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It is an interesting topic these days. Just over two years ago, for many, working from home and hybrid working was not on the agenda. 
But things have changed. 
I recently put out a poll on LinkedIn to ask if my connections thought that hybrid working should be a more permanent solution these days and an astounding 70% said yes. 
Restrictions have eased and we are now able to return to the office under relatively normal conditions, yet many are opting to stay at home. 
And it is not just employees. Employers have seen the benefits of this new way working too. The reduction in costs being just one of them. 
It has though, brought with it challenges for some employers. Many believe that it is better to be in the office and simply do not want to change the way they work on a more permanent basis. It is understandable and of course, their right but now employees have been given this option, many are fighting back. 
I read recently that TikTok is an example of this push back. It is filled with mock videos of employees resigning from their roles because employers refuse to embrace this but jokes aside, it is a serious issue for some. 
What is the reality? If you are working in an industry where it is feasible to embrace hybrid working, some may wonder, why not? However, it is not always as simple as it sounds. 

What are the challenges? 

➡️ Many businesses have long lease agreements on their offices; therefore, it is of no benefit to them to have their staff working from home. It would cost them more to set up this kind of arrangement than it would save so it is not an option. 
➡️ Is it really fair? In many cases some roles (even in an office environment) simply cannot be done at home. Those staff members could potentially feel discriminated against if their colleagues are allowed to do so.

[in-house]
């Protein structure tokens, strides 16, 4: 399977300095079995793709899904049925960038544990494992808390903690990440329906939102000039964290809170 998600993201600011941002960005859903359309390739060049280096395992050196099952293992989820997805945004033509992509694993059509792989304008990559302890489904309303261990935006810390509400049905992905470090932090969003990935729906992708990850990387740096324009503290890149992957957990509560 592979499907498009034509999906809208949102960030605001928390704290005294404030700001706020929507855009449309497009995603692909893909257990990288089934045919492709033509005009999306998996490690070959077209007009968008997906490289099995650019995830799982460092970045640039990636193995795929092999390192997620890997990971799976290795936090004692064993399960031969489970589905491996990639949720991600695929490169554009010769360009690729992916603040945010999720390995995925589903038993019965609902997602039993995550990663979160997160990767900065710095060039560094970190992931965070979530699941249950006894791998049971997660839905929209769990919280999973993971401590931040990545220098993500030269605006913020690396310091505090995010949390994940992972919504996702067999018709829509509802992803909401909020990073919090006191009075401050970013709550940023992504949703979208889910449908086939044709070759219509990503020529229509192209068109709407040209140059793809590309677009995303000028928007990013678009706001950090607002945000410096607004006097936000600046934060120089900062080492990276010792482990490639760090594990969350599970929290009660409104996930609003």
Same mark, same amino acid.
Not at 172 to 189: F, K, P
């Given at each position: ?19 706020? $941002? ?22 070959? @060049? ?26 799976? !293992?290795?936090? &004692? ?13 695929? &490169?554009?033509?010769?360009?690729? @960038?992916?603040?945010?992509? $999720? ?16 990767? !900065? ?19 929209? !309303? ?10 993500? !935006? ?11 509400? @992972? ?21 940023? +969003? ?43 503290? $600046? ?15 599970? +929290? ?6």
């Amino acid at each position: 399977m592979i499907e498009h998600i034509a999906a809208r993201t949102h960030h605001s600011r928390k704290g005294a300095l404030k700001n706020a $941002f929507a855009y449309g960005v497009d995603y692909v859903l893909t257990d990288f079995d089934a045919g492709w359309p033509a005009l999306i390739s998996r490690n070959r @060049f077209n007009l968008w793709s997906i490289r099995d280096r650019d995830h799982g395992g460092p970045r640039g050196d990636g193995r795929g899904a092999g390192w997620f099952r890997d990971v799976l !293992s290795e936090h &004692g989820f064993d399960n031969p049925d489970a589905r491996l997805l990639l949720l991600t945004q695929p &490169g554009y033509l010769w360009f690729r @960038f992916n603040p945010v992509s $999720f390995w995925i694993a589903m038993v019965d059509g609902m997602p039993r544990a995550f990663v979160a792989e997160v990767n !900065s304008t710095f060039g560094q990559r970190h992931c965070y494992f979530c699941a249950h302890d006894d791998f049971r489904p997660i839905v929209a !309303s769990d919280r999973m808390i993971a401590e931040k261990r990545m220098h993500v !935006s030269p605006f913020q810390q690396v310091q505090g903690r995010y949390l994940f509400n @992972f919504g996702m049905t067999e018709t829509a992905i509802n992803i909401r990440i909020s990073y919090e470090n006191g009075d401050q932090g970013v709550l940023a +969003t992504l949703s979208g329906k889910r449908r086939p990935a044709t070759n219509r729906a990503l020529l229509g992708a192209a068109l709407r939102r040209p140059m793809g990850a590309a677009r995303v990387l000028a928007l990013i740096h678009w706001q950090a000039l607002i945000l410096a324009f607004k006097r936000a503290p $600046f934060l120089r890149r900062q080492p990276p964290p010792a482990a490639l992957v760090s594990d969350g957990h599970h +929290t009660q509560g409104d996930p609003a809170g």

➡️ The cost and implications of insurance. Should you allow a vast number of employees to work from home or even on a hybrid basis, employers will have to have insurance in place for that situation. 
➡️ Security is an issue. Especially if you work in an industry where you are managing personal or financial data. Is it secure enough to allow a member of staff in control of these details to work from home? What about the increased risk of cybercrime? 
➡️ Health and safety. An employer still has the responsibility of an employee even when they are working from home. 
So, in reality, it is not simply a case of deciding that it is ok for staff to work from home or a combination of both, there is a huge thought process behind that decision. 
However, it could also be extremely beneficial. 
We already know that in many instances, this set-up can work successfully. 
Many employers have found that their team members are more productive and motivated because they no longer have the stress or costs of commuting and they have managed to balance home life successfully. 
There is also the fact that if there is not a long lease in place, it could potentially save a business thousands of pounds to have their staff working from home. Even on a hybrid basis, an organised rota could ensure that there are only a certain number of staff members in the office at any given time, therefore reducing the need 

What does hybrid working mean? 

In simple terms, it means that a staff member will spend some of their time working from home and some of their time in the office. It also means that although they will be working remotely part-time, they will also have the opportunity to continue to engage with their colleagues on a regular basis. 
In my opinion, if it is manageable, hybrid working could be the perfect solution for many businesses. 
This is something business owners will have been considering for months but now is the time to bolt down your plans. Before making that final decision, speak to the experts, manage staff expectations clearly and weigh up the pros and cons. What you do not want to do is put it in place, only to have to back track later down the line. 
Please do not hesitate to contact if you would like to discuss further. Taking HR from 'TO DO' to 'DONE'. 
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